Reel Dad: Phantom Thread captivates with its emotional complexity

He designs his clothes with as much understanding of the women who wear what he creates as the materials he reaches for. While this renowned fashion designer thrives with ease in his professional life, he struggles to achieve the same success in his relationships. Only with his sister does he manage to sustain some type of connection. But that bond has its complexities. With Phantom Thread, writer/director Paul Thomas Anderson effortlessly glides through the world of high fashion of the 1950s with the same ease as when he invaded the oil fields of California in There Will Be Blood and … Read more

Reel Dad: Predicting the Oscar nominees

A year of turbulence in the world inspired memorable moments on screen, including creatures from other worlds, chills from this world and relationships essential to any world. Which ones will Oscar honor with Academy Award nominations? Here are my choices for the names we will hear on Tuesday, Jan. 23. Best Picture Greta Gerwig’s delightful exploration of the dynamics between mother and daughter make Lady Bird a top contender. Joining it as contenders should be Martin McDonagh’s examination of one mother’s anger in Three Billboards Outside Ebbing, Missouri; the tribute to emerging love in Call Me By Your Name; the … Read more

Reel Dad: The Post is a must-see movie for 2018

The Post

We prepare for tomorrow by studying yesterday. What once happened can clue us to what may occur. The lessons of the past warn us about what will matter as we move forward. At this time in our country, when so many in power challenge the pursuit of truth, Steven Spielberg’s new film The Post offers an essential look at the bravery that truth requires, to find it, share it, learn from it. With the pace of a thriller, and the detail of a documentary, the film recreates a moment in time when people dare to put their lives and reputations … Read more

Reel Dad: Frances McDormand tries to make sense of Three Billboards

This week, Jonathan Schumann — who co-wrote this column with his “Reel Dad,” Mark Schumann, from 1999 to 2006 — returns to Arts & Leisure to take a look at a new film getting a lot of buzz. Early on in Three Billboards Outside Ebbing, Missouri, Mildred (Frances McDormand) storms into a room and happens upon someone reading Flannery O’Connor’s A Good Man Is Hard to Find. The storming in and out is something we’ll see, almost exhaustively, throughout the film. The nod to O’Connor, and this short story in particular, is anything but accidental. The rogues’ gallery of small-town … Read more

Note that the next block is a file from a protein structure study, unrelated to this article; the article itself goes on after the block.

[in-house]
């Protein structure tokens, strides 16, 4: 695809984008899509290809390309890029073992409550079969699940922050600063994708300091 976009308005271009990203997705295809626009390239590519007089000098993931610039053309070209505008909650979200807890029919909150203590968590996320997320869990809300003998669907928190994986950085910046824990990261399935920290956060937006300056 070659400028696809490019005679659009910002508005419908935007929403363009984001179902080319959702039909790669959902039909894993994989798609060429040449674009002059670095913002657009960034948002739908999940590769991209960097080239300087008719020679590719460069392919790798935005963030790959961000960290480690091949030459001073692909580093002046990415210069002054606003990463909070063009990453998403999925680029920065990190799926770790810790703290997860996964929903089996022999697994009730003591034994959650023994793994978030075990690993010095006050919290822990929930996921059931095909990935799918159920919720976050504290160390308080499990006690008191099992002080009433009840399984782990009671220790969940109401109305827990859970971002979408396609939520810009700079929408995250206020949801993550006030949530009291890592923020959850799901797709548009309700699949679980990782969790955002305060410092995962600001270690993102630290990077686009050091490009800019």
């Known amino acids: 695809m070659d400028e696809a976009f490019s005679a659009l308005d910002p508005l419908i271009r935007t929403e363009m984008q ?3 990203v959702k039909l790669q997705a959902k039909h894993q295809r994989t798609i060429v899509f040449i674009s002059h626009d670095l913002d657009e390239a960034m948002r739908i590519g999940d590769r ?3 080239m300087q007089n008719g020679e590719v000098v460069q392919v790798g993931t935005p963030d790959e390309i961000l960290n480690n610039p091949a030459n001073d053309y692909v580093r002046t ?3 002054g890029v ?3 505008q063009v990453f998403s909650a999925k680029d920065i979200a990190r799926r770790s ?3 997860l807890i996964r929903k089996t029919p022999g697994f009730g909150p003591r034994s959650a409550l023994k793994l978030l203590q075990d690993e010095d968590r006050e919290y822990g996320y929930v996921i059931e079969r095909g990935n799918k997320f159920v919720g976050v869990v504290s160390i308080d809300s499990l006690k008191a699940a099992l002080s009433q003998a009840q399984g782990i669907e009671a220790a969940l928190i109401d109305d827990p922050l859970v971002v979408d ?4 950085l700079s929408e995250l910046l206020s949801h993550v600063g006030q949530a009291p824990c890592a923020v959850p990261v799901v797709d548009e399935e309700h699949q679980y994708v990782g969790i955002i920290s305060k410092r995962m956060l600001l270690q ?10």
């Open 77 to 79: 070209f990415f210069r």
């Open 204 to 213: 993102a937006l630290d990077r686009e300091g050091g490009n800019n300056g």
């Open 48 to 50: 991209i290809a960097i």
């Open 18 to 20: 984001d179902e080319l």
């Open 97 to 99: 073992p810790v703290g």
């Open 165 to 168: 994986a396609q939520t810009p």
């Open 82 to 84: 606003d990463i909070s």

Reel Dad: I, Tonya celebrates pop celebrity

  Years ago, before social media made it easy for opinion to swell, Tonya Harding was America’s favorite villain. This tough, talented and tormented figure skater dared to challenge the reign of the graceful Nancy Kerrigan as the sport’s leading royalty. And, somehow, she managed to find herself in the middle of the sport’s greatest controversy when Kerrigan’s knee got whacked one day after practice before the U.S. Nationals competition in Detroit. For the weeks that followed, between Nationals and the Olympics, people talked about few other things. Never mind what was happening in the world or with the economy, … Read more

Reel Dad: Lady Bird spotlights mothers and daughters

She tends to her laundry with precision and care, never doubting her mission, never questioning her ability. This is her space. She owns this room. And if anyone dares to question her authority, the conversation will be brief. For people who remember Laurie Metcalf as Roseanne’s sister on television, her work as an overbearing mother with a heart in the film Lady Bird may be a revelation. Metcalf becomes the mother trapped by love she feels but cannot express, the fear she hides but will not confront. This lady knows her daughter, a wandering high school senior, needs a mother’s … Read more

Reel Dad: Watching movies with Nano

For more than 19 years, this column has celebrated how movies create shared family experiences. And, for more than 40 years, my mother-in-law, Marge Holland, was one of my favorite movie buddies. Together we shared countless hours tapping our toes to musicals and chuckling over comedies. And though she would occasionally accuse me of liking every movie I see — which isn’t quite true — she knew which ones she liked. Each week, when the Ridgefield Press arrived, Marge first turned to this column. A year or so ago, I asked her to watch Sally Sanders, Steve Coulter and me … Read more

Reel Dad: BPM captures essence of social movements

by Jonathan Schumann This week, Jonathan Schumann — who shared the “Take Two” movie review column with his “Reel Dad” Mark Schumann from 1999 to 2006 — returns to Arts and Leisure to review this featured selection at this year’s New York Film Festival. Robin Campillo’s BPM (Beats Per Minute), which captures the AIDS activist movement in Paris, feels like so much more than a film. This is a searing historical document that sheds light on a too often forgotten fight. It also captures the passion and idealism that drive social movements and acts of civil disobedience. This passion is … Read more

Reel Dad: Wonder Wheel — A Woody Allen mystery

On film, Woody Allen can amuse, irritate and perplex. He gives us movies that will last for years followed by flicks we barely remember. Because he continues, well into his 80s, to make a movie every year, he gets to issue a dud now and then. But he never bores. Even when Allen frustrates, he makes us want to watch. Wonder Wheel, which closed this year’s New York Film Festival, can be as touching as any film from the Allen collection. And as frustrating. When Kate Winslet, in a bravura turn, describes the sadness in her life, we share her … Read more

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